Home Concepts Managing Stress & Challenges  On the Cliff’s Edge: Four Tiers of Health-Based Coaching

 On the Cliff’s Edge: Four Tiers of Health-Based Coaching

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Tier Three coaching is especially valuable with regard to life style changes (nutrition, exercise, sleep). As in the case of Tier Two, the health-base coach might help her client with stress management and the continuing use of preventative medications, Environmental safety (inside home and work place) can also be an important (and unique) source of monitoring (and questioning)  by a health-based coach – especially if her client is elderly (and living in a home that has not be retrofitted for the unique safety needs of her client).

I illustrate this Tier Three coaching strategies with an event that occurred in my own life. The health-base “coach” in this instance is a gifted and dedicated physician who found a way to spend quality time with her patients (many of whom were other physicians). She made extensive use of appreciative strategies (without ever having read anything about this approach to human interaction). She and I had focused during the previous year on my weight. I had not been very successful in losing weight and was even considering the cancellation of my annual medical appointment with my physicians given this failed attempt to lose weight.

My physician and I met and, sure enough, not any loss of weight. I was waiting for the critical review by her (and by my own super ego). Instead, my physician offered the following appreciative (and challenging) observation: “while you haven’t lost any weight, you haven’t gained any—so let’s look at what you are doing right. What are you now doing to avoid gaining weight and let’s see if more of this will help you lose weight?” I was caught! It was not a matter of simply giving up as someone who was not capable of managing their weight. I was still accountable and was not helpless. We reviewed the slight changes in my health habits and she suggested that I focus on two of these changes: (1) spending even more time in walking my dog (for exercise) and (2) continuing to cut back on my consumption of specific foods (that were not necessarily my favorite, but were what I had grown up eating—habitual behavior).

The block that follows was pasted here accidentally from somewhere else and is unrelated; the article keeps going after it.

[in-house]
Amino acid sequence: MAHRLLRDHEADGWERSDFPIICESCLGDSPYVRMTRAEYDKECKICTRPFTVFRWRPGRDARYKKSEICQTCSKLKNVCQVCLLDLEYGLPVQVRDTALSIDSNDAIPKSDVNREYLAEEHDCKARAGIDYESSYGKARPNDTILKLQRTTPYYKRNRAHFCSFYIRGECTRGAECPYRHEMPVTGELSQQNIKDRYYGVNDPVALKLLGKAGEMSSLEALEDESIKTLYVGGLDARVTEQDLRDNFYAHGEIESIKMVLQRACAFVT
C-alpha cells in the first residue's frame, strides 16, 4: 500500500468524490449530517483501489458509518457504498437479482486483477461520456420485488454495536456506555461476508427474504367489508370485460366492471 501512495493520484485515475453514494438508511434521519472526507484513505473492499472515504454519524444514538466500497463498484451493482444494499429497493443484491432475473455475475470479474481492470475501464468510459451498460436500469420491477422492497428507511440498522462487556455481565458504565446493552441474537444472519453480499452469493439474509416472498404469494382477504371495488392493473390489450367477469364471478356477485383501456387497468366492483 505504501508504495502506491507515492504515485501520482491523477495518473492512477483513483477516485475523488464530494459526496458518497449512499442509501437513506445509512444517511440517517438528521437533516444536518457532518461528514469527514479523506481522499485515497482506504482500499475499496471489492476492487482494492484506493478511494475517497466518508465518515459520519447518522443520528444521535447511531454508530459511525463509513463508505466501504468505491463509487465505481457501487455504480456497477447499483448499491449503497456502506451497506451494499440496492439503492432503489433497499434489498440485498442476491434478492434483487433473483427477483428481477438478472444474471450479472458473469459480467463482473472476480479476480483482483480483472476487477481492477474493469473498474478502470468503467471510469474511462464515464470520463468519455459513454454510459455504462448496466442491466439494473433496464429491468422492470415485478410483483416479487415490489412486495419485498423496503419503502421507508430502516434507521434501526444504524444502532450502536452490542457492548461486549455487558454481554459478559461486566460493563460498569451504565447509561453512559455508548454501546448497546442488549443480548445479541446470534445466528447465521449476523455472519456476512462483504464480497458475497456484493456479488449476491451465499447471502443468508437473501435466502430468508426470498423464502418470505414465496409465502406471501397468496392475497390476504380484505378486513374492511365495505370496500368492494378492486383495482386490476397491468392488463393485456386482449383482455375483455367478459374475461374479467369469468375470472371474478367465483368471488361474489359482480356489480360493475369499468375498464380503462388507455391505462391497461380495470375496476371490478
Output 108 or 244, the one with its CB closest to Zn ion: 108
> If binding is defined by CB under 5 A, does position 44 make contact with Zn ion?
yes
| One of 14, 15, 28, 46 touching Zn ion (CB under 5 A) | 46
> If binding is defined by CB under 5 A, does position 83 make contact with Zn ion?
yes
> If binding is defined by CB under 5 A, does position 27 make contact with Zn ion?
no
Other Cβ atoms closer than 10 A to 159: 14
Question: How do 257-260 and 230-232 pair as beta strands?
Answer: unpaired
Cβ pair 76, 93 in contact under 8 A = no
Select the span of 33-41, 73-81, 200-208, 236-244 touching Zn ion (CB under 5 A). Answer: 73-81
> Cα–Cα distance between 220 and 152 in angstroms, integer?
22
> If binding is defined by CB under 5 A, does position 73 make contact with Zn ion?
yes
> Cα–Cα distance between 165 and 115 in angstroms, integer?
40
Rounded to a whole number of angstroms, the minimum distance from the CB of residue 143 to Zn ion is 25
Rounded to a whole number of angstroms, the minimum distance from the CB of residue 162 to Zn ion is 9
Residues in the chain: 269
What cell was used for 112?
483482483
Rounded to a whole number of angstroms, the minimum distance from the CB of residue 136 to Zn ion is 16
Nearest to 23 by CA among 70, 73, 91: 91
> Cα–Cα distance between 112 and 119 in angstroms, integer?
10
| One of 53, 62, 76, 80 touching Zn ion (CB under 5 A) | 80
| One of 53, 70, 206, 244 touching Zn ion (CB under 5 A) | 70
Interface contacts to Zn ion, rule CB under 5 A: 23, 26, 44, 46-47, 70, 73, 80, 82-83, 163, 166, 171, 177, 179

Tier Four: Second-Order Prevention

Finally, a knowledgeable health psychologist can advocate and lead a shift in public attitudes– moving people to health-oriented values, priorities and perspectives regarding their own life and the life of other people in their family, community and society. The Tier Four health-based coach, in essence, is asking the fundamental question: “why are you (we) all living on the edge of the cliff?” The option is to move away from the cliff. The health-based coach is helping her client or client system in effective advocacy regarding creation of healthy communities (moving away from the cliff).

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One Comment

  1. Rey Carr

    January 9, 2019 at 8:12 pm

    I like the modernizing of prevention and its application to health coaching. When I was working as a school psychologist in a community mental health center in San Francisco in the early 1960s, this prevention approach was our mandate and mantra. Originally developed by Gerald Caplan (1917-2008), a child and community psychiatrist who wrote the prevention “bible”: Principles of Preventive Psychiatry. He founded the idea of mental health consultation and I was fortunate to be in one of his workshops on how to implement the three-tier model of prevention, simply known as primary prevention, secondary prevention and tertiary prevention (which correspond to your model). I was able with Dr. Caplan’s guidance to complete a research study in 1976 on the power of the “preventive consultation” model: “The effects of preventive consultation with elementary school principals on changing teacher staff meeting behaviours. “Canadian Counsellor, 10(4), 157-166.

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